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Using Math functions
The built-in Math functions Math.min() and Math.max() do exactly what one would expect ? they return the smallest or largest number of the list of numbers passed to them as arguments.
Since Math.min() and Math.max() both expect the numbers as arguments, and not an array, they do not seem at first choice to be good options for getting the smallest or largest number from an array:
On first glance, it looks like we need a different approach. Thankfully, using the ES6 feature spread syntax (?) makes arrays easily compatible with these functions, as I explain in the next section.
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Math.min(?array) and Math.max(?array)
?[The spread] operator causes the values in the array to be expanded, or ?spread,? into the function?s arguments.? ? Joel Lovera on jstips.co
Using the three magic dots (?) makes it easy to call any function expecting arguments, like these built-in Math functions, using an array.
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Without the spread operator
Here is the current browser compatibility chart for the spread operator:
Calling the function Function.prototype.apply() will have the same effect as the spread syntax:
Note that the first argument to .apply() is the target for this, which in this case does not matter, so I passed in null as the first argument.
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Sorting the list numerically
For example, the code .sort((a,b) => a-b) will sort numbers in ascending order from smallest to largest.
Once sorted, the first number will be the min and the last the max:
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Using a for loop or .reduce()
Either a for loop or the Array.prototype.reduce() method can be used to find the minimum and maximum numbers in an array:
Brandon Morelli reported previously on Codeburst.io that these methods may be fastest, so I compare the performance of all 5 methods next.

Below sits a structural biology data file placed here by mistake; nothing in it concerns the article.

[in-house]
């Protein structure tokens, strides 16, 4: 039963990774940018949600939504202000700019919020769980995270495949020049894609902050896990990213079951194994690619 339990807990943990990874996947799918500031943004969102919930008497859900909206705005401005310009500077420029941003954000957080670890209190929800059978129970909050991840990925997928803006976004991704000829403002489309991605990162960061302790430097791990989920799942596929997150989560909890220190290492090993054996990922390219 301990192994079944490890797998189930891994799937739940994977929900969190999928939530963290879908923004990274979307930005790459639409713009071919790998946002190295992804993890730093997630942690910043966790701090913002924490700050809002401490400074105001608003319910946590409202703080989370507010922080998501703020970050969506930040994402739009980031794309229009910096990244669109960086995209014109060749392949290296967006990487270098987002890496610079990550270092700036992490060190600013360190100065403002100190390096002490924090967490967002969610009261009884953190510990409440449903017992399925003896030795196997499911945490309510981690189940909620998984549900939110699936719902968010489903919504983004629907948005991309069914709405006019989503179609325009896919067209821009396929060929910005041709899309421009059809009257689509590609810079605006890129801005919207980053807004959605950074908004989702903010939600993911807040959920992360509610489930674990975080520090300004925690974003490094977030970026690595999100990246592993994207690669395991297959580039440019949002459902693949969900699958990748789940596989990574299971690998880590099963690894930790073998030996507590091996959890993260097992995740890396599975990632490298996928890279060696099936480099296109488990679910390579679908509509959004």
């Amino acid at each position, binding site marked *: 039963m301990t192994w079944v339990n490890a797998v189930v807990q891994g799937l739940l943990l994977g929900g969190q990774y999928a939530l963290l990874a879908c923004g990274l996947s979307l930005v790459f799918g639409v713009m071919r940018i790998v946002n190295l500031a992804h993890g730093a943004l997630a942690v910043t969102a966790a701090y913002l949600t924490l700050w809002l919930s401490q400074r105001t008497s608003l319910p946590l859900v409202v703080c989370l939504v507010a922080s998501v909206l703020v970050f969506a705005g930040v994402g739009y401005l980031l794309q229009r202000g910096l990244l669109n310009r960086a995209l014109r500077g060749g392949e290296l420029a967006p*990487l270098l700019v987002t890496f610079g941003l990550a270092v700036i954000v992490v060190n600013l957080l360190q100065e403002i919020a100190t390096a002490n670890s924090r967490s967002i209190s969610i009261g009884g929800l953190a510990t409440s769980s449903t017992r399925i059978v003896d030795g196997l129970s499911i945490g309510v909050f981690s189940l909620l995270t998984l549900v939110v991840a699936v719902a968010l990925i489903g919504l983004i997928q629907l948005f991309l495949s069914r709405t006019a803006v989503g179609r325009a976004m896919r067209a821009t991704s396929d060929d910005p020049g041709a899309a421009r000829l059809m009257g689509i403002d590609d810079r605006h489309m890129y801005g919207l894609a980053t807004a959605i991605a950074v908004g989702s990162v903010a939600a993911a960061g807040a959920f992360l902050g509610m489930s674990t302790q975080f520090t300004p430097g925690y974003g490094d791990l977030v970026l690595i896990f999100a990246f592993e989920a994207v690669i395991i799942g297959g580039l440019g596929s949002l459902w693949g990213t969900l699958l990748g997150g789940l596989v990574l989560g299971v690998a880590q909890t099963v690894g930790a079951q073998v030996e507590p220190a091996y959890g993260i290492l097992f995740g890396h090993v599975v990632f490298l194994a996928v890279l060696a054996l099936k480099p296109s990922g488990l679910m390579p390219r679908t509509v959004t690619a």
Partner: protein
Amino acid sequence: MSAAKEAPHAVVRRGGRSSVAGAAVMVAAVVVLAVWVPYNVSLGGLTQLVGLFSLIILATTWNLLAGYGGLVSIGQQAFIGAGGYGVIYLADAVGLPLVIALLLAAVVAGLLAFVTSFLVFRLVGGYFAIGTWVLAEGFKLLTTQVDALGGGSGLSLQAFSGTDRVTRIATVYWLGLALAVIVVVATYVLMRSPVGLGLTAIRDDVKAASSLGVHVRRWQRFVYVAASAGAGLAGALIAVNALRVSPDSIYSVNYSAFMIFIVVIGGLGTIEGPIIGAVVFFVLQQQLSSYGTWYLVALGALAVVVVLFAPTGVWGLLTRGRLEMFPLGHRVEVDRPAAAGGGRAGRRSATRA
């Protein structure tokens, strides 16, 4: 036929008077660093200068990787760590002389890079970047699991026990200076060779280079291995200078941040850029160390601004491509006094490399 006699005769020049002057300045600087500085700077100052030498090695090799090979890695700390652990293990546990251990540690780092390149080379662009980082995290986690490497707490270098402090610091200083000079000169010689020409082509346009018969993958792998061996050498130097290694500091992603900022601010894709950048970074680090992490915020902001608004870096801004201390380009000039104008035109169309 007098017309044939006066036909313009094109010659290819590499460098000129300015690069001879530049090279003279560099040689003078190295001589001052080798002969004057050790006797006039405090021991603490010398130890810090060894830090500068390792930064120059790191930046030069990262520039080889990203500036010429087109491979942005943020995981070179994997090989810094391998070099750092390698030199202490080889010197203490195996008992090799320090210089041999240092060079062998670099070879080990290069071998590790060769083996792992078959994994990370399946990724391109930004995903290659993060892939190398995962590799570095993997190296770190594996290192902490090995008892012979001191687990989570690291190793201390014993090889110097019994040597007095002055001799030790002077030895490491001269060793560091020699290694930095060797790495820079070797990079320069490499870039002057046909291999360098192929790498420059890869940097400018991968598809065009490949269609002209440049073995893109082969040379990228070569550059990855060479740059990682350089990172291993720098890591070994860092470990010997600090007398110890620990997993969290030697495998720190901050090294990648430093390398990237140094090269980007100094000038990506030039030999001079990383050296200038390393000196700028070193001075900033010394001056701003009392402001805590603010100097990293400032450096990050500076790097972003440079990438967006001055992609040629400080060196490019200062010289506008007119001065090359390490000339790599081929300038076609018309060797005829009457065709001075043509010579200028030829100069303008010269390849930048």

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Wow! For some reason the spread operator is half the speed of the other methods. Since using .apply() works quickly, it appears using the spread operator over 40 arguments really slows things down.
It appears to not be the fault of the Math.min() or Math.max() functions themselves per se, since a for loop that avoids those functions has basically the same performance for this test case of 40 random items.
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A second look: 4000 items
I updated the test suite to generate a 4000 item array to examine if it changes the comparative performance of finding the min and max.
Indeed, it does, with the spread operator being 92% slower:
This shows that the performance drop is associated with the spread operator in a way that scales with the number of arguments being spread.
With very large arrays, the for loop is fastest by far, with .apply() coming in second, .sort() and .reduce() tied for third, and spread dead last.
It is worth noting that using Babel to compile the code may restore some performance for large and very large arrays, since it will transpile the spread operator to the .apply() syntax using babel-plugin-transform-spread.
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A third look: Just 3 items
However, don?t throw the spread operator out just quite yet ? there is no performance difference when we drop down to 3 items:
So, for day-to-day use, the spread operator works brilliantly.
Meanwhile, the iterative for loop is 3% slower than the spread operator when only dealing with an array of only 3 items.
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However, when dealing with large arrays of 40 items or more, using the spread operator has significantly worse performance compared to other methods of finding the minimum and maximum.
What to do for larger arrays
For large arrays, using Math.min.apply(null,array) and Math.max.apply(null,array) restores the lost performance from the spread operator and allows one to continue to use the built-in Math functions.
Finally, with very large arrays of 4000 items or more, a for loop is the fastest method by far, so keep that in mind. It may be ugly, but it works.
Now go find some minimums and maximums! ?
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- GeeksforGeeks explores using .map() and .reduce() to find min/max:
Given an array of objects and the task is to get the maximum and minimum value from the array of objects. There are a?
- Dan Vega finds the maximum id in an array of objects on his blog:
I was recently putting together a tutorial for some students and I came across an issue that I am sure we have all come?
- The site w3resource has a visual tutorial on finding a minimum:
- The library d3-array includes the useful .minIndex() & .maxIndex(), although a for loop will likely be faster for very large arrays:
Array manipulation, ordering, searching, summarizing, etc. – d3/d3-array
- Brandon Morelli found for loops are fast in his article on codeburst.io:
Three potential solutions. But which is fastest?
- Previous research on very large arrays of 250,000 items published on the Microsoft devblog showed that for loops are the fastest method by far:
Today’s Little Program isn’t even a program. It’s just a function. The problem statement is as follows: Given a?
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